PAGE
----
New research and recommendations from waste prevention charity Wrap signal the end of unnecessary plastic packaging and best before labels on a wide range of fresh uncut fruit and vegetables in the UK.
The global NGO has provided evidence to show that selling fresh produce loose and removing date labels could prevent 14 million shopping baskets worth of food from going to waste and 1,100 rubbish trucks of avoidable plastic simply – the move, it says, would better allow people to buy what they need.
In a call to action to the retail industry to accompany its new report, Wrap also urges retailers to remove wrapping on multi-packs of tinned food and sauce sachets in restaurants.
An 18-month project conducted by Wrap, with input from some of the largest players in the retail industry, examined the link between food waste in the home and the use of plastic packaging – and it now challenges accepted thinking that packaging helps to preserve fresh produce.
Wrap argues that selling loose has huge potential to reduce food waste in people’s homes, and is calling on retailers to “sell loose” where possible, unless it is shown that plastic packaging reduces overall food waste.
The NGO also wants retailers to remove date labels – unless it can be shown that a best before reduces overall food waste – as well as encourage consumers to refrigerate these fresh items below 5 degrees C at home.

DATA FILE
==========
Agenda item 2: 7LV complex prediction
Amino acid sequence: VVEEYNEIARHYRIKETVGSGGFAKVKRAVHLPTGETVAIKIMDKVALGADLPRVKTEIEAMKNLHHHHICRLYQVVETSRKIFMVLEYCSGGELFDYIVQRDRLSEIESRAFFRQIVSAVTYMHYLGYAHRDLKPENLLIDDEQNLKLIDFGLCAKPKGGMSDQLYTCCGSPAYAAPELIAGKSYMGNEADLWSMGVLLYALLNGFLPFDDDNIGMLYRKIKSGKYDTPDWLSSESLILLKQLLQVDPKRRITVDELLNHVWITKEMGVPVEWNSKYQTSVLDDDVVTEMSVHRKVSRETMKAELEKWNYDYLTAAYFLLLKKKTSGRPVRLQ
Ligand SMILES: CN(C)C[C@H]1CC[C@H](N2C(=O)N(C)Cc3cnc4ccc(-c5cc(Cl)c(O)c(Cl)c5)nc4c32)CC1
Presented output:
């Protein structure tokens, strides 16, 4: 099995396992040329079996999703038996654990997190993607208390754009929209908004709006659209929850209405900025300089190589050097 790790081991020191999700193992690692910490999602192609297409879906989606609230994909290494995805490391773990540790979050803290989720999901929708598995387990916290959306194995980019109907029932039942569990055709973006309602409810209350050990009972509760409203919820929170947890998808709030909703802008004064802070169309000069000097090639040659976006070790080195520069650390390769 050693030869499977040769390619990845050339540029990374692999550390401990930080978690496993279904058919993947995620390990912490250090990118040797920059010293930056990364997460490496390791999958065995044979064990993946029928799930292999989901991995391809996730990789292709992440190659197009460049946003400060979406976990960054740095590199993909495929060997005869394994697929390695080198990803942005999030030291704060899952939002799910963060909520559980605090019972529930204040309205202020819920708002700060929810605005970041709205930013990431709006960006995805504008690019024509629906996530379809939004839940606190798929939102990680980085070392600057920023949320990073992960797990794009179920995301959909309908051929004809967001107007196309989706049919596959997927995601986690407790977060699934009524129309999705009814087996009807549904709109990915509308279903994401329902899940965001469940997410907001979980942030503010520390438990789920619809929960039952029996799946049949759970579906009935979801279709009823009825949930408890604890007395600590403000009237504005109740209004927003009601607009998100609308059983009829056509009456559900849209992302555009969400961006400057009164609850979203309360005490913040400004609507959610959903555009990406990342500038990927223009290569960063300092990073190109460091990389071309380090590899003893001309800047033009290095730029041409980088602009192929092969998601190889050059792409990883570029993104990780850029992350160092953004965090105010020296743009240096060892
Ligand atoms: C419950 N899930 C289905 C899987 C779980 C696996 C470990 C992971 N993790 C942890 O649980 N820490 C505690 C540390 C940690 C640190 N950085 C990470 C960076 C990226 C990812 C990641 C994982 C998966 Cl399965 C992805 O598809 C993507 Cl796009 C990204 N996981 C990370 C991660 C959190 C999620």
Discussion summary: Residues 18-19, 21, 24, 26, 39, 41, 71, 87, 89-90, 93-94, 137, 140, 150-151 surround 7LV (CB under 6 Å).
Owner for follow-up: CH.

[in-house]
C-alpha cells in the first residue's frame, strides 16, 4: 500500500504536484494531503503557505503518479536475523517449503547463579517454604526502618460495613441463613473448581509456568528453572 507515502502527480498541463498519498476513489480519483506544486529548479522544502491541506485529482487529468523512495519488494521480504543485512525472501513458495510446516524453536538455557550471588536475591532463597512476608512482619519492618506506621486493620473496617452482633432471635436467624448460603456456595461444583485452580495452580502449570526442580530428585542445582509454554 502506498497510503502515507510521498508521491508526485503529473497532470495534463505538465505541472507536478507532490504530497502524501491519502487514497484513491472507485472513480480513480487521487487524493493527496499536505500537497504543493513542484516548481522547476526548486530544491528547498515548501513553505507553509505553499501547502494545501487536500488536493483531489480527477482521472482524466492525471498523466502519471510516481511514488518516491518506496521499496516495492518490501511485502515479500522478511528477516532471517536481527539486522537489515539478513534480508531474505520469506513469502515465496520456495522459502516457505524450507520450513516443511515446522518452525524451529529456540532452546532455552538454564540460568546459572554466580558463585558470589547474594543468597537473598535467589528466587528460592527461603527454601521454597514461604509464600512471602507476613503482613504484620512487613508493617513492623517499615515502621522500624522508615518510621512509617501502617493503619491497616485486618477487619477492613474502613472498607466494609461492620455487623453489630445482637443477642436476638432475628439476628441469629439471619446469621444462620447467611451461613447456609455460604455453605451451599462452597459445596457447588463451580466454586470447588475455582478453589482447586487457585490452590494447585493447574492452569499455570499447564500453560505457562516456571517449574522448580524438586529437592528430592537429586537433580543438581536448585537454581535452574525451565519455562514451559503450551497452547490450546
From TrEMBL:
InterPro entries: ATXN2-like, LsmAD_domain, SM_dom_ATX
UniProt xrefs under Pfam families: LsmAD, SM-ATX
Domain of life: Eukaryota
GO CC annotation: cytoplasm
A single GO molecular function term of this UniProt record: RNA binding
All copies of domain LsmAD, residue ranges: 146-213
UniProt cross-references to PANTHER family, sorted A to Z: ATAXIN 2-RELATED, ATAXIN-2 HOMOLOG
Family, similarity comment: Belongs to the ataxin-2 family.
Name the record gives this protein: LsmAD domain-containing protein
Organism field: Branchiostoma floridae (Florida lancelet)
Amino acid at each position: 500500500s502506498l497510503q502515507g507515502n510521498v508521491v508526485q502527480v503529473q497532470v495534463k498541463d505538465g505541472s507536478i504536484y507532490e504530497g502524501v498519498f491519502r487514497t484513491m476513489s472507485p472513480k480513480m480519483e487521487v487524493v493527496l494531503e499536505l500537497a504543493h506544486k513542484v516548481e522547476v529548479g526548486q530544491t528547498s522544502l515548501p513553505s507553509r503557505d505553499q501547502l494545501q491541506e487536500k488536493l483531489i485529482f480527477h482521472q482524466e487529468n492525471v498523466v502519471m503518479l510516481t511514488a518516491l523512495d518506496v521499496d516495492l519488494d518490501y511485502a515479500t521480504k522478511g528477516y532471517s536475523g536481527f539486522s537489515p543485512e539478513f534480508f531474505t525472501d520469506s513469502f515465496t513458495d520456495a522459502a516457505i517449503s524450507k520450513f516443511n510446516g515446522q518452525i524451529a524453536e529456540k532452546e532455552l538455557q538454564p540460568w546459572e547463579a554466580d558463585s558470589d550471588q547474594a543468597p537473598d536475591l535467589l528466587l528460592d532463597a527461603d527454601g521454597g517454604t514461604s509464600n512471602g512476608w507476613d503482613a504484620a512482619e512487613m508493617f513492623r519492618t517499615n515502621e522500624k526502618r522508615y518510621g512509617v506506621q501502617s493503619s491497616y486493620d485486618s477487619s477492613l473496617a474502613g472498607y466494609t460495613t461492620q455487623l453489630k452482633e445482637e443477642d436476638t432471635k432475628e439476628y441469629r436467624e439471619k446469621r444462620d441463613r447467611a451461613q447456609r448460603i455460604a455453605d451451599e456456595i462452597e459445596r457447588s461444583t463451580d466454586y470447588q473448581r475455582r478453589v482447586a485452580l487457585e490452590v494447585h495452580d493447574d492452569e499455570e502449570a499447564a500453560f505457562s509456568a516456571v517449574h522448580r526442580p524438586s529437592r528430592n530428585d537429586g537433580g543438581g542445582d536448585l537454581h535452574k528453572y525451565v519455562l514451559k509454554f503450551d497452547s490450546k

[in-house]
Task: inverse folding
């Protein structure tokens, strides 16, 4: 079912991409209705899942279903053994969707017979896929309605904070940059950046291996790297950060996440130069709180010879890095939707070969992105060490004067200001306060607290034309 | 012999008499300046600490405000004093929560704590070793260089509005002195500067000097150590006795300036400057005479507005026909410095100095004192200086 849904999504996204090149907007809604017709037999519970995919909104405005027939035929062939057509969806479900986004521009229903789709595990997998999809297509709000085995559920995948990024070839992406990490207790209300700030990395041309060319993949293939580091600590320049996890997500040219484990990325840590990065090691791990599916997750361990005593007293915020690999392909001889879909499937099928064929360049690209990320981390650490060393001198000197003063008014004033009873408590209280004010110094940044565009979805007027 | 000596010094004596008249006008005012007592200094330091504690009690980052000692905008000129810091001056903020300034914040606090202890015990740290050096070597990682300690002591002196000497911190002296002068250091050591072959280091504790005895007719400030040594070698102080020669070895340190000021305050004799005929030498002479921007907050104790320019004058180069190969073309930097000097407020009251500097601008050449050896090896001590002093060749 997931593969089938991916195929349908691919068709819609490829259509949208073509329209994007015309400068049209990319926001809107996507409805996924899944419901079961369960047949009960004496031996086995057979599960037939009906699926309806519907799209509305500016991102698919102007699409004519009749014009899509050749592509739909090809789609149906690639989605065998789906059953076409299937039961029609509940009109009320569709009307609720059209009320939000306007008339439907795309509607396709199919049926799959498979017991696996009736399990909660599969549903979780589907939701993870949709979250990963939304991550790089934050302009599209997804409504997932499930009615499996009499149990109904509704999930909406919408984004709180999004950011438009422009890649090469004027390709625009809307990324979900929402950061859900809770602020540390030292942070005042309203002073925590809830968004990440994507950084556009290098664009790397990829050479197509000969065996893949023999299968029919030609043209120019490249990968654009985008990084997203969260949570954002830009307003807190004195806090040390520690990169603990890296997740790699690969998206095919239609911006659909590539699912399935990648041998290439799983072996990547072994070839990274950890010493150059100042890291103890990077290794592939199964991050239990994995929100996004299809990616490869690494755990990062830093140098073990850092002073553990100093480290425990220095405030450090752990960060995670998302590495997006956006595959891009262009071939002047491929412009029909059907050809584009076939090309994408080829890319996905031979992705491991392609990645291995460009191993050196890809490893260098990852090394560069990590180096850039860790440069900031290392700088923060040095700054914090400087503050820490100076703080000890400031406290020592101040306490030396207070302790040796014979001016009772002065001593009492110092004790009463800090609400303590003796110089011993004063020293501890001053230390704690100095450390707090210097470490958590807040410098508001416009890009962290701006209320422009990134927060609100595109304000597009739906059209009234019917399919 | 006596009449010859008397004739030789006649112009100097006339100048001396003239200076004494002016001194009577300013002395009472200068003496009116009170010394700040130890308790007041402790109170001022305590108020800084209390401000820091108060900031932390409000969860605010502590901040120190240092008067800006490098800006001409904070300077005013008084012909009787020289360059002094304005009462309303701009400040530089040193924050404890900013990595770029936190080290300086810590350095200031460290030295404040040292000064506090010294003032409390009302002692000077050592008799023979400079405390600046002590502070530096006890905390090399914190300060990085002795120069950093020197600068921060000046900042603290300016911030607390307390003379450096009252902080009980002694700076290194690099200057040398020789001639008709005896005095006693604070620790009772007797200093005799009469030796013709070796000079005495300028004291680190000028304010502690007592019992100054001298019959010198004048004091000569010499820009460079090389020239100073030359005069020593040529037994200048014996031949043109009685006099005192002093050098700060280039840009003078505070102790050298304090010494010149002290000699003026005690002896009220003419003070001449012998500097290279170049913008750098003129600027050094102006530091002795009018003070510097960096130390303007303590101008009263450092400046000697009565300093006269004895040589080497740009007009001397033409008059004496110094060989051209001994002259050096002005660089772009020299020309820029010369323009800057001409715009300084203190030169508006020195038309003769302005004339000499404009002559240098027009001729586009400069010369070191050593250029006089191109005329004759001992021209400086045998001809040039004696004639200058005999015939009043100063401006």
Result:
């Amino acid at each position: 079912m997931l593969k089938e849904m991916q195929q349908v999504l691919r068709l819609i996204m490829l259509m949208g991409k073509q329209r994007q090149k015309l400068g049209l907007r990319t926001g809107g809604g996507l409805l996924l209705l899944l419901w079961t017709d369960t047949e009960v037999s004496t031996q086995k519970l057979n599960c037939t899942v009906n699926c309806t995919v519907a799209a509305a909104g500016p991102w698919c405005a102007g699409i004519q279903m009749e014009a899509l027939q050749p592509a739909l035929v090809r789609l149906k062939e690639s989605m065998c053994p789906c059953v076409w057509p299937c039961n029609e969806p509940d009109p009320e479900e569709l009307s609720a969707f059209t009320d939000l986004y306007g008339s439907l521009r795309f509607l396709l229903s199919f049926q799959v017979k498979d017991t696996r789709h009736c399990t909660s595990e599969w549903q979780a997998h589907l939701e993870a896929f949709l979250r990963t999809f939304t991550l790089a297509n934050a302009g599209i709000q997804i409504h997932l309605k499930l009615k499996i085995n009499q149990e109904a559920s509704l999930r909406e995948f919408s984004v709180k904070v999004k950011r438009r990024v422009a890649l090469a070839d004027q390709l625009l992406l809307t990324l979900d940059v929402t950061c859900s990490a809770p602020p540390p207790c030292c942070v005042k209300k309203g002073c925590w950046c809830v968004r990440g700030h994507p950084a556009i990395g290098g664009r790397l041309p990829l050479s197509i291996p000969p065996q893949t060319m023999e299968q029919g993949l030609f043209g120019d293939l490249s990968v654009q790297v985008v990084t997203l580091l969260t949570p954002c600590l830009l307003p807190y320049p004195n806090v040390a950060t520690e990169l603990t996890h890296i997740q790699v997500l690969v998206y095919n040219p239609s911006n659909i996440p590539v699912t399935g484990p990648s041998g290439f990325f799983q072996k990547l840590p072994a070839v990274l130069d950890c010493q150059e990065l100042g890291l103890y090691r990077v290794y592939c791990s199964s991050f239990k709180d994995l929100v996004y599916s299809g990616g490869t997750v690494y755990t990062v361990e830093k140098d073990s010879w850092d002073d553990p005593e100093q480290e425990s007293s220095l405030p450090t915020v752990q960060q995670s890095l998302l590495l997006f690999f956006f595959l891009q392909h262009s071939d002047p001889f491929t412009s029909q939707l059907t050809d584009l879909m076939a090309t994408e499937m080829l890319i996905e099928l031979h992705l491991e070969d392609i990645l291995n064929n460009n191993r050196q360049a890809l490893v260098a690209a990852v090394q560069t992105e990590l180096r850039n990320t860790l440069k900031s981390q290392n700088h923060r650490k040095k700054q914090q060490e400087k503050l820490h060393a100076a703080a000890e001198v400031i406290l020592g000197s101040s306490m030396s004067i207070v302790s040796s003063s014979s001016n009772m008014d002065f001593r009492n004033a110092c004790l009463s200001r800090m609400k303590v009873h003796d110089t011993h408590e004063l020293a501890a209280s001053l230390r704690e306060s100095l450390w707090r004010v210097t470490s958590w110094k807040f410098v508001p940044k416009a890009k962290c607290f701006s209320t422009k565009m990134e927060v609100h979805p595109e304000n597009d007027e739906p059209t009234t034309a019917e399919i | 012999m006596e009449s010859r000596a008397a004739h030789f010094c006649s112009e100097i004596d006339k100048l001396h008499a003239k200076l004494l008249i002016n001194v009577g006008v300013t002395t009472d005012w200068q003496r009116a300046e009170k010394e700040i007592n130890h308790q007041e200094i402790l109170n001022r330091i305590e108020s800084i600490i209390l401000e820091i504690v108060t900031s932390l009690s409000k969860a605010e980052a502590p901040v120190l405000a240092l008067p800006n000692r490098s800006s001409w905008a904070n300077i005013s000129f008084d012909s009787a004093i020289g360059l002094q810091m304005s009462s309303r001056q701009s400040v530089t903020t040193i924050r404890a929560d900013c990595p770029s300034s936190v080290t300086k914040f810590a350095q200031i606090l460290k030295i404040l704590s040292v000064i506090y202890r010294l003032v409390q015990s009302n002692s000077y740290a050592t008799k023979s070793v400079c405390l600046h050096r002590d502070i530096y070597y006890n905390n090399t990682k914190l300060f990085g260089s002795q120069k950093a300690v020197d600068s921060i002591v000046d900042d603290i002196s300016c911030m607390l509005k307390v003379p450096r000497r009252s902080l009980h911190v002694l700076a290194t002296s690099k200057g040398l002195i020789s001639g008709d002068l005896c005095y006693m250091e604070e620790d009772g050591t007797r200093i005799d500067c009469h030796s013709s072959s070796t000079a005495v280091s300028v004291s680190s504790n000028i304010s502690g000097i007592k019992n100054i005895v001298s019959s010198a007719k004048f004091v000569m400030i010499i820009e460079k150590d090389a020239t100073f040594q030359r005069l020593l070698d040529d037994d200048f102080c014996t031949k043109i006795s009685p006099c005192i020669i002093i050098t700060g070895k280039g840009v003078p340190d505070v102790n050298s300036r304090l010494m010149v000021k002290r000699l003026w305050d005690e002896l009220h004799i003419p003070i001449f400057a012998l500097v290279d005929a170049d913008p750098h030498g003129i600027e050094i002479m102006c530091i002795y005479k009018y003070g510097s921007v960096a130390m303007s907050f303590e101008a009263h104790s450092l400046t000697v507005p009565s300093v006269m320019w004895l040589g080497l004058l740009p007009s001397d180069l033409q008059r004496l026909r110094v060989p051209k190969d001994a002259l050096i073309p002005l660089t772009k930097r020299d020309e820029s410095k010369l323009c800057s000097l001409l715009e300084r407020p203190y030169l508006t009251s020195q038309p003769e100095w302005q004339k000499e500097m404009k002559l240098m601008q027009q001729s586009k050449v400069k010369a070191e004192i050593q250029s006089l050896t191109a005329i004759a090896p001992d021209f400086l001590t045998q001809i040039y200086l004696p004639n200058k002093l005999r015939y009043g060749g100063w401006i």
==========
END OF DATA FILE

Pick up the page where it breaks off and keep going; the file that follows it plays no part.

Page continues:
Marcus Gover, CEO of Wrap, said the research “could be a game-changer in the fight against food waste and plastic pollution”.
“We have demystified the relationship between wasted food, plastic packaging, date labels and food storage,” he explained.
“While packaging is important and often carries out a critical role to protect food, we have proven that plastic packaging doesn’t necessarily prolong the life of uncut fresh produce. It can in fact increase food waste in this case.”
He added: “We are all living with the reality of the climate emergency and the rising cost of living. This new clarity could not be more timely. We need retailers to step up and follow our recommendations so we can achieve real progress in tackling food waste and plastic pollution. This helps save the planet and us money at the same time – a real win-win.”
Wrap also published today an updated list of key plastic items for UK Plastics Pact members to remove as far as possible by the end of 2022. The additional items are, as follows: plastic wrapping for multi-sales of tins, bottles, and cartons; PVC cling film; non compostable fruit and veg stickers; non compostable tea and coffee bags; and single use/single serving plastic sachets/jiggers in restaurant settings.
[Image credit: Wrap]